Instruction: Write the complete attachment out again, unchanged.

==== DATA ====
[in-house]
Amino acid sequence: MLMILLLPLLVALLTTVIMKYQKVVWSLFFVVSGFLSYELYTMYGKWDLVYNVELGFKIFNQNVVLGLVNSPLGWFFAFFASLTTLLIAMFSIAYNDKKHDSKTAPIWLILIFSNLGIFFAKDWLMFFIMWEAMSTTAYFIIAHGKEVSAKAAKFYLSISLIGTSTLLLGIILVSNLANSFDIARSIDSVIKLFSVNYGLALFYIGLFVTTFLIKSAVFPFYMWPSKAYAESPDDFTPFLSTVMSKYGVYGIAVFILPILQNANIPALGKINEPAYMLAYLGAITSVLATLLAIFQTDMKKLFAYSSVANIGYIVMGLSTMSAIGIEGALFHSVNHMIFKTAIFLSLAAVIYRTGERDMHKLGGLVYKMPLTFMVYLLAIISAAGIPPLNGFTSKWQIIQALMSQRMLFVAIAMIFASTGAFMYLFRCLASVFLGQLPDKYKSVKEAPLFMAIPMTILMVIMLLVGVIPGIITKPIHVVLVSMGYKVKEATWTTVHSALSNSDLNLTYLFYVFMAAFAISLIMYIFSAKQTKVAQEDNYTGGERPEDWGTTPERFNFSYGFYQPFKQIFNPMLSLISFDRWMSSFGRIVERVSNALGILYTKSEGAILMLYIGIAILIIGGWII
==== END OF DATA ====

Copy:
[in-house]
Amino acid sequence: MLMILLLPLLVALLTTVIMKYQKVVWSLFFVVSGFLSYELYTMYGKWDLVYNVELGFKIFNQNVVLGLVNSPLGWFFAFFASLTTLLIAMFSIAYNDKKHDSKTAPIWLILIFSNLGIFFAKDWLMFFIMWEAMSTTAYFIIAHGKEVSAKAAKFYLSISLIGTSTLLLGIILVSNLANSFDIARSIDSVIKLFSVNYGLALFYIGLFVTTFLIKSAVFPFYMWPSKAYAESPDDFTPFLSTVMSKYGVYGIAVFILPILQNANIPALGKINEPAYMLAYLGAITSVLATLLAIFQTDMKKLFAYSSVANIGYIVMGLSTMSAIGIEGALFHSVNHMIFKTAIFLSLAAVIYRTGERDMHKLGGLVYKMPLTFMVYLLAIISAAGIPPLNGFTSKWQIIQALMSQRMLFVAIAMIFASTGAFMYLFRCLASVFLGQLPDKYKSVKEAPLFMAIPMTILMVIMLLVGVIPGIITKPIHVVLVSMGYKVKEATWTTVHSALSNSDLNLTYLFYVFMAAFAISLIMYIFSAKQTKVAQEDNYTGGERPEDWGTTPERFNFSYGFYQPFKQIFNPMLSLISFDRWMSSFGRIVERVSNALGILYTKSEGAILMLYIGIAILIIGGWII